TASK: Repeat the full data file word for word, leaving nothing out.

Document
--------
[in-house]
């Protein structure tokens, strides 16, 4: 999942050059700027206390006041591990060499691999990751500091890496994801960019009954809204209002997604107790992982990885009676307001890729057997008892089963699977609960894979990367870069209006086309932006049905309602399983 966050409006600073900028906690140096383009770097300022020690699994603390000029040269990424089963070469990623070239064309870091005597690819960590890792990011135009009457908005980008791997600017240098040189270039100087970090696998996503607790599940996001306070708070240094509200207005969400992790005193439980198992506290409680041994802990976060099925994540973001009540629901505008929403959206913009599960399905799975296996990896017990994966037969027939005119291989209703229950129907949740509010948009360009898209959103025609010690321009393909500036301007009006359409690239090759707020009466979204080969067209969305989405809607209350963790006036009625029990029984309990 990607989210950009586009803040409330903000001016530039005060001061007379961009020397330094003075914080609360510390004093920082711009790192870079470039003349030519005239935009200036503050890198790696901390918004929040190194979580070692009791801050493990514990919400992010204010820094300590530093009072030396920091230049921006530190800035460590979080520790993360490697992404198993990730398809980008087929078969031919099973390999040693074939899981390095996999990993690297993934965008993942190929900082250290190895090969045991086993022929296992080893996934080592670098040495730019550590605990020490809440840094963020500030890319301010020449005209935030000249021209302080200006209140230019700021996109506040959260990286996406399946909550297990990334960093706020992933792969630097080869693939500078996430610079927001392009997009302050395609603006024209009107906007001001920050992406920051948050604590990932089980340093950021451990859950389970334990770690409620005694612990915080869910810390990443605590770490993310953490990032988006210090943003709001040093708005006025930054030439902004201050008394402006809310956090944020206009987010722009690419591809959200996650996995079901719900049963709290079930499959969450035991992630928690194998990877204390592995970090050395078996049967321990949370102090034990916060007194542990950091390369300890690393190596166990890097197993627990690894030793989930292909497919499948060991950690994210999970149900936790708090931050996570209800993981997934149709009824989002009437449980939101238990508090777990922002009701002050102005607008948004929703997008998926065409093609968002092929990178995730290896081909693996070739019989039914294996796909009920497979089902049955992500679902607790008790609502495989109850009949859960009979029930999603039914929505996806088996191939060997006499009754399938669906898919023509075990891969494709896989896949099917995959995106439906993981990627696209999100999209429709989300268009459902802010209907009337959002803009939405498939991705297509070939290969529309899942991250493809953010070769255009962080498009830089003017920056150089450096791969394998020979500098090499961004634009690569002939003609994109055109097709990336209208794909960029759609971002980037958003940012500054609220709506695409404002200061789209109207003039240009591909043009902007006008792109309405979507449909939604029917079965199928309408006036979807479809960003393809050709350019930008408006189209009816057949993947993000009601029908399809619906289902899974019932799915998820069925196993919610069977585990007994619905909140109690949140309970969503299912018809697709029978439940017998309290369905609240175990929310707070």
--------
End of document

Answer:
[in-house]
């Protein structure tokens, strides 16, 4: 999942050059700027206390006041591990060499691999990751500091890496994801960019009954809204209002997604107790992982990885009676307001890729057997008892089963699977609960894979990367870069209006086309932006049905309602399983 966050409006600073900028906690140096383009770097300022020690699994603390000029040269990424089963070469990623070239064309870091005597690819960590890792990011135009009457908005980008791997600017240098040189270039100087970090696998996503607790599940996001306070708070240094509200207005969400992790005193439980198992506290409680041994802990976060099925994540973001009540629901505008929403959206913009599960399905799975296996990896017990994966037969027939005119291989209703229950129907949740509010948009360009898209959103025609010690321009393909500036301007009006359409690239090759707020009466979204080969067209969305989405809607209350963790006036009625029990029984309990 990607989210950009586009803040409330903000001016530039005060001061007379961009020397330094003075914080609360510390004093920082711009790192870079470039003349030519005239935009200036503050890198790696901390918004929040190194979580070692009791801050493990514990919400992010204010820094300590530093009072030396920091230049921006530190800035460590979080520790993360490697992404198993990730398809980008087929078969031919099973390999040693074939899981390095996999990993690297993934965008993942190929900082250290190895090969045991086993022929296992080893996934080592670098040495730019550590605990020490809440840094963020500030890319301010020449005209935030000249021209302080200006209140230019700021996109506040959260990286996406399946909550297990990334960093706020992933792969630097080869693939500078996430610079927001392009997009302050395609603006024209009107906007001001920050992406920051948050604590990932089980340093950021451990859950389970334990770690409620005694612990915080869910810390990443605590770490993310953490990032988006210090943003709001040093708005006025930054030439902004201050008394402006809310956090944020206009987010722009690419591809959200996650996995079901719900049963709290079930499959969450035991992630928690194998990877204390592995970090050395078996049967321990949370102090034990916060007194542990950091390369300890690393190596166990890097197993627990690894030793989930292909497919499948060991950690994210999970149900936790708090931050996570209800993981997934149709009824989002009437449980939101238990508090777990922002009701002050102005607008948004929703997008998926065409093609968002092929990178995730290896081909693996070739019989039914294996796909009920497979089902049955992500679902607790008790609502495989109850009949859960009979029930999603039914929505996806088996191939060997006499009754399938669906898919023509075990891969494709896989896949099917995959995106439906993981990627696209999100999209429709989300268009459902802010209907009337959002803009939405498939991705297509070939290969529309899942991250493809953010070769255009962080498009830089003017920056150089450096791969394998020979500098090499961004634009690569002939003609994109055109097709990336209208794909960029759609971002980037958003940012500054609220709506695409404002200061789209109207003039240009591909043009902007006008792109309405979507449909939604029917079965199928309408006036979807479809960003393809050709350019930008408006189209009816057949993947993000009601029908399809619906289902899974019932799915998820069925196993919610069977585990007994619905909140109690949140309970969503299912018809697709029978439940017998309290369905609240175990929310707070």